Thursday, May 29, 2014

Hadoop Summit and Hadoop as a Service

In the beginning of this year, I mentioned working on Big Data and virtualization and it has been a fruitful time.  Next week I will be co-presenting with Chris Mutchler from Adobe on "Hadoop-as-a-Service for Lifecycle Management Simplicity" at the Hadoop Summit conference in San Jose, CA.  Our session will be on Wednesday from 4:35pm-5:15pm.

I am humbled and excited to help present alongside other sessions from some of the most respected names in the industry from Yahoo!, Google, Cloudera, Hortonworks, MapR, Microsoft.  The growing depth, evolution, and community of the Big Data ecosystem is impressive, to say the least.  I hope to attend other Hadoop customer sessions as well as investigate what other large players are accomplishing from their respective stacks.  I see a lot of advanced sessions around new use-cases for Hadoop and research of adding additional layers and abstractions to Hadoop.  The Adobe session is focused on the usability of Hadoop from an IT operations perspective with a few key points to make:
  • Explain why virtualizing Hadoop is good from a business, techincal and operational perspective
  • Accommodate the evolution and diversity of Big Data solutions
  • Simplify the lifecycle deployment of these layers for engineering and operations.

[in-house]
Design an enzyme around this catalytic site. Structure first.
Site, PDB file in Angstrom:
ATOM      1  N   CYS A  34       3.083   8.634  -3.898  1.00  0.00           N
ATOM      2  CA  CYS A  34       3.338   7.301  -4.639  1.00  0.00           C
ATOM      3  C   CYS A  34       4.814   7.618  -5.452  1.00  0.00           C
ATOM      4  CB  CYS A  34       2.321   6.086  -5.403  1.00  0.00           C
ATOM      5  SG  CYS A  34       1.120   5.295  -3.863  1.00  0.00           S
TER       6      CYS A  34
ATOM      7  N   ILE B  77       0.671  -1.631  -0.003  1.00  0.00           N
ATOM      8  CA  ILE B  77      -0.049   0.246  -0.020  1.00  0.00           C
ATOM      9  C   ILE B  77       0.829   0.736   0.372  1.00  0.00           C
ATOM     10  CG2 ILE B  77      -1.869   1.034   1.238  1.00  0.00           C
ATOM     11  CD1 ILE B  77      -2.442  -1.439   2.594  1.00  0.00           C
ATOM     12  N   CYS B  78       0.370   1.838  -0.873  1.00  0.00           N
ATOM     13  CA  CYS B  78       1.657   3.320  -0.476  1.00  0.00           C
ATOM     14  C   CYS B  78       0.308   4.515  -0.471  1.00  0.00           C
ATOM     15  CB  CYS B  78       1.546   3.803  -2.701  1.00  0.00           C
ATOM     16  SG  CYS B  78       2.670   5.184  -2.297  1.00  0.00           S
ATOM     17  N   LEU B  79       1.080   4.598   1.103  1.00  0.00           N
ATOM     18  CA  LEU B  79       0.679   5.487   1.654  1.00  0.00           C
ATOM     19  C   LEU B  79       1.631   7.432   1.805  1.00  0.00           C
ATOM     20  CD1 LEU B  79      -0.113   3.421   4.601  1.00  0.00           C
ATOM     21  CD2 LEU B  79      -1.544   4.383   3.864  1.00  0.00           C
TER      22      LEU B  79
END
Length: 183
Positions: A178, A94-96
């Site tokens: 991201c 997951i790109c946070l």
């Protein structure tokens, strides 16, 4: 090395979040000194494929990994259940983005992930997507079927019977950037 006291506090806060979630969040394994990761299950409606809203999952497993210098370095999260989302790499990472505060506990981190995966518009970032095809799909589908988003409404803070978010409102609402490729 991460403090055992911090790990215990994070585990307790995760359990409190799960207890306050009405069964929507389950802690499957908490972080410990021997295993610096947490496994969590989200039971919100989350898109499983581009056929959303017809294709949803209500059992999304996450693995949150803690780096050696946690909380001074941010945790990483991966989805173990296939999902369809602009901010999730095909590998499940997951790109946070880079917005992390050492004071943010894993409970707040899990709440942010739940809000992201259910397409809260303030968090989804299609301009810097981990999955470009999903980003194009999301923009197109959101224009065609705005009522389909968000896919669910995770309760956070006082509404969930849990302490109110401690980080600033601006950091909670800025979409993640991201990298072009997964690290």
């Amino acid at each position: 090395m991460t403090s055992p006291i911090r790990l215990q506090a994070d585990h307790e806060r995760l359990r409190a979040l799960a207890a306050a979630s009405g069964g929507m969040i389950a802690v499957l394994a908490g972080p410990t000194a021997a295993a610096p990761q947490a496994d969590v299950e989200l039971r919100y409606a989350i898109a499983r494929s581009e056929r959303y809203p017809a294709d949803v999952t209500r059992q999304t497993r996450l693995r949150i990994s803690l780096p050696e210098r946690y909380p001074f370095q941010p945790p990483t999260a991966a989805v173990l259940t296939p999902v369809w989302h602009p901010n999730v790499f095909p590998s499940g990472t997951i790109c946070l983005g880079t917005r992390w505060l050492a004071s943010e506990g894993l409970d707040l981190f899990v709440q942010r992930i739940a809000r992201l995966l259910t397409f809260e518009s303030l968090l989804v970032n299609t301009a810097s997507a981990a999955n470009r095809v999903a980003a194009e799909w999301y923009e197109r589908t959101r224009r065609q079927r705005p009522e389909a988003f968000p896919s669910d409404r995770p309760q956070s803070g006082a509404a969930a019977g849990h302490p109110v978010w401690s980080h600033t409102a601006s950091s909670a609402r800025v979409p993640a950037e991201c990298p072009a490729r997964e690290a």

• Create Hadoop-as-a-Service with VMware vSphere, Big Data Extensions, and vCloud Automation Center
Hadoop is truly becoming a complicated stack at this point.  After I started actually getting hands on and working with customers on Hadoop-specific projects in 2011, I found that calling this new technology Hadoop seemed a bit disingenuous.  There was really MapReduce and HDFS, a compute layer and a storage layer.  Even though they were tightly coupled, that was enforced for very good and simple reasons.  Spending even more time on this has given more perspective on the different layers and their corresponding workloads.  Unless you're only running one type of job for your compute layer and sucking in data from a static set of sources for your data layer, then these workloads will vary as well as vary independently.  However, in a physical world, with both layers exactly coupled, how can they scale independently and flexibly?

Enter virtualization and everything I've been working on around virtualizing distributed systems, data analytics, Hadoop, and so forth.  Consider the layering of functionality for different distributions and look for the similarities.  If you take a look at Cloudera:

Or Hortonworks:
And Pivotal HD:

As a wise donkey once talked about in a movie when describing onions and cakes, they all have layers and so does any next-gen analytics platform.  Now we have our data layer, and then a scheduling layer, then on top of that we can look at batch jobs, SQL jobs, streaming, machine learning, etc.  Many moving parts and each one with probable workload variability per application, per customer.  What abstraction layer helps pool resources, dynamically move components for elastic scale-in and scale-out and allows for flexible deployment of these many moving parts?  Virtualization is a good answer, but also one of the first questions I get is "How's performance?"  Well, I have seen vSphere scale and perform next to baremetal.  Listed below is the link to the performance whitepaper detailing performance recommendations that have been tested on large clusters.